Saturday, July 12

6th & Final Day At SEE Conference

Yesterday was a sad day. The conference has ended and now I am out on my own again. On our breaks and at lunch I had lunch with 2 ladies who will/and will be interpreting for my daughter at her school. They are both ASL interpreters and I learned so much from them. There are things with SEE that drive me batty and do no make sense to me. That's why in our house we are not pure SEE, we mix things up a bit. Compound words in SEE make me insane. Some of the compound words like SomeTimes are just one sign even though in SEE you would pointless as 2 signs : point and then less. Seems to me that sometimes should be the same : some and then times, but it's not sometimes has the same ASL sign as sometimes and is not broken down. There are many examples of this and it makes it really confusing to me to know which one is correct. When in doubt if I know the ASL sign I use the ASL sign in our house. The next time I get a chance I look it up and sometimes :) it is the ASL sign, but others it follows the compound word rule. I then tell my daughter the next time I use that word that she may also see "word + word" for that. I hope that made sense. It's really difficult to describe a language in type.

We did great on our Footloose song. I survived!! It is a really fast song when you are signing every word and every suffix. Get me off of my knees. For example : Get is got with a past tense marker and knees has an s at the end. C'mon C'mon let's go...let's is with an apostrophe s so it is an "s" that is turned in and then go. My hands and wrists got a good workout.

I'm sad that the convention is over. I learned about 200 new signs in a week. Where else can I do that? If you would liek to know if there is a SEE convention in your neighborhood visit

As a side note, I think that as a parent of a Deaf child you cannot just have 1 language that you are teaching your children. There are many signing systems and I want to expose myself and my child to as much as I can. SEE and ASL are the two prominate signing methods in our area. We also see signed engish, CASE and occasionally Rochester method. I would like to be profecient and learn as much as I can about sign language, NOT just SEE, NOT just ASL - but any and all sign language.

The reason I took the week off of work and went to the SEE conference is because it is what is being taught at my daughters school. If ASL were being taught I would have attended an ASL conference. Please do not bash me for wanting to better my skills in any language. We need to be flexible and understand that in this world my daughter is not just going to encounter ASL or just SEE - I do not want her to be ignorant or think that only 1 way is the right way! My goal is for us to be able to communicate with each other and with others. If that means that I need to learn 4 or 5 methods - I'm willing to do that. Right now, I feel like it is most important to give her language so that she can be caught up with her classmates. How can we do that quickly???? I think the answer is by signing what they are signing to her at school and that means that I learn SEE and sign as much SEE at home as I can so that she understands what is being signed to her at school.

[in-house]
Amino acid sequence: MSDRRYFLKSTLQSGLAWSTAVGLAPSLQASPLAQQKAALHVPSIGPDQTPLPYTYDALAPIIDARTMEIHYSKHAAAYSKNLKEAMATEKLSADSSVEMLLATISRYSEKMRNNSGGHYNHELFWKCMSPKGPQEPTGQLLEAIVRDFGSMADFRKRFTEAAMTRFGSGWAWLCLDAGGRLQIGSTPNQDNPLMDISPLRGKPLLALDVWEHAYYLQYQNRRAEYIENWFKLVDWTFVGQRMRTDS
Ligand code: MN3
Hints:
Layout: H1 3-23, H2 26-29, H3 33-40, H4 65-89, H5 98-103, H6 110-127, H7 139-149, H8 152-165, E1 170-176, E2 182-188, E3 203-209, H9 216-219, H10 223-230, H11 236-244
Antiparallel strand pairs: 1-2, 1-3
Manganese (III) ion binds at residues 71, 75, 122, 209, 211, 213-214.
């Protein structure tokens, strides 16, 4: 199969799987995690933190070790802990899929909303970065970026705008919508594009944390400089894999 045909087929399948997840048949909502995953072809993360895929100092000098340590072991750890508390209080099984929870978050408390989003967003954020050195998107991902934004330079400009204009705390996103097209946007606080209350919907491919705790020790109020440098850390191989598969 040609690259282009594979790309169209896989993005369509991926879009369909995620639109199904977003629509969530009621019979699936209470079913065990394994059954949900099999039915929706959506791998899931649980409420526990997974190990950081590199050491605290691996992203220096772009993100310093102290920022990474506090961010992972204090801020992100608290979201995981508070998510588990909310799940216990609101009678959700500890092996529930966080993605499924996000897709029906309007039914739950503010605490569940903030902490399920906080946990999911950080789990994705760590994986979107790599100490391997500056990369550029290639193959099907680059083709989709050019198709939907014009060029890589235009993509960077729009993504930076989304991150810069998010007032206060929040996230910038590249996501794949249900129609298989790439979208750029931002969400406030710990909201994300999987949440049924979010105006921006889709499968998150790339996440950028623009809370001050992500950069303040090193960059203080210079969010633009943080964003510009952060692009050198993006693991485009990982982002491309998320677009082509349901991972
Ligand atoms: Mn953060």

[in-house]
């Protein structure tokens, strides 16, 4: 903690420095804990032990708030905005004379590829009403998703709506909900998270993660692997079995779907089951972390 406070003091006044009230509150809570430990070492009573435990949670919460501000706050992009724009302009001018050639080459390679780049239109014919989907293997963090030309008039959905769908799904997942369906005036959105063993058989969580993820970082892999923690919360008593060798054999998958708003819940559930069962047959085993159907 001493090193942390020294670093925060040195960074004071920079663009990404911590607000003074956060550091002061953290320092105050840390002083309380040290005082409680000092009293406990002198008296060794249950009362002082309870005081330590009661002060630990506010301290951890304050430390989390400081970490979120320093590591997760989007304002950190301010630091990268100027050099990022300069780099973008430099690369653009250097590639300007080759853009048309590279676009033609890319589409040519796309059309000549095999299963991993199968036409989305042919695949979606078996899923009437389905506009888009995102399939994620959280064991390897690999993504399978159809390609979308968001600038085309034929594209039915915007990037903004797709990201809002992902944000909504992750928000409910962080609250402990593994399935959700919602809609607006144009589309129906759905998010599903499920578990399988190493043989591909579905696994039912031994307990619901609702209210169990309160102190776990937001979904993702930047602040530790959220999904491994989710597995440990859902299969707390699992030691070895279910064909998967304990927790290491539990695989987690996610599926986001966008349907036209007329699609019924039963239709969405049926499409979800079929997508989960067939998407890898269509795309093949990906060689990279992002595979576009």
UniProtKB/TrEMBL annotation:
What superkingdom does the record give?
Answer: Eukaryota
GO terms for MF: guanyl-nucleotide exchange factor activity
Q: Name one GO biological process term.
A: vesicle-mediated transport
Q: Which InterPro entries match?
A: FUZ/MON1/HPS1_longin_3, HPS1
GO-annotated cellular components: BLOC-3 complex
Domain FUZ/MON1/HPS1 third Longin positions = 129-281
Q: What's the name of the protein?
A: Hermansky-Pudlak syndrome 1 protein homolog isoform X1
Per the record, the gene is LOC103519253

Do not judge me because I sign SEE. I also know some ASL and will learn more and more as time goes on, but for now SEE is what we are using with some ASL flavors thrown in. SEE is not always conceptual and ASL sometimes clarifies what I mean. ASL is a beautiful language and I know that one day I will also sign ASL. I will not keep Rebecca from ASL, it is definately something that she needs, but SEE serves a great purpose as well.


Dianrez said...

It is better to be consistent, whatever sign language you use, but personally, I think the key variable in learning language is by reading.

Read, read, read to your children, and encourage them to read on their own.

Then the sign language becomes less important as a vehicle for learning language, (especially at the age your kids are at now) and more important for keeping a flow of communication in the family and preparing your kids for communication in the wider community.

Anonymous said...

The sooner you learn ASL, the better. I was in your situation many many years ago.. Once day I saw the hearing preschool teacher trying to tell a Deaf mother that the class put together a puzzle today. The teacher used the sign for "puzzled" x on her forhead. The Deaf mom had no idea what she was talking about.
SEE is a coded system making it easier for hearing parents to think that that are providing their deaf child with sign language in order to learn English. The facts are that SEE is not a language at all and doesn't make sense to visually oriented people.
Please please get with Deaf adults. Sign up for some classes in ASL and learn your child's real and natural language. You will be surprised at how much faster your child will pick up English after he/she has a good base in ASL.
You can't do this alone, your child needs deaf peers and role models. Your family needs Deaf mentors.
Beleive me....been where you are many many years ago....

Anonymous said...


Not sure if I was successful in posting earlier so am attempting again ;-}

My name is Edgenie Bellah and I am the family support person with the Texas Deafblind Project, which is housed out of TX School for the Bind and Visually Impaired. I would love to connect with you to chat about the community and supports in Texas for families with children who are deafblind. You are welcome to call or email me anytime!

Edgenie Bellah
Family Support, Texas Deafblind Project
Texas School for the Blind & Visually Impaired,
1100 West 45th St., Austin, Texas 78756
512-206-9423; fax: 512-206-9320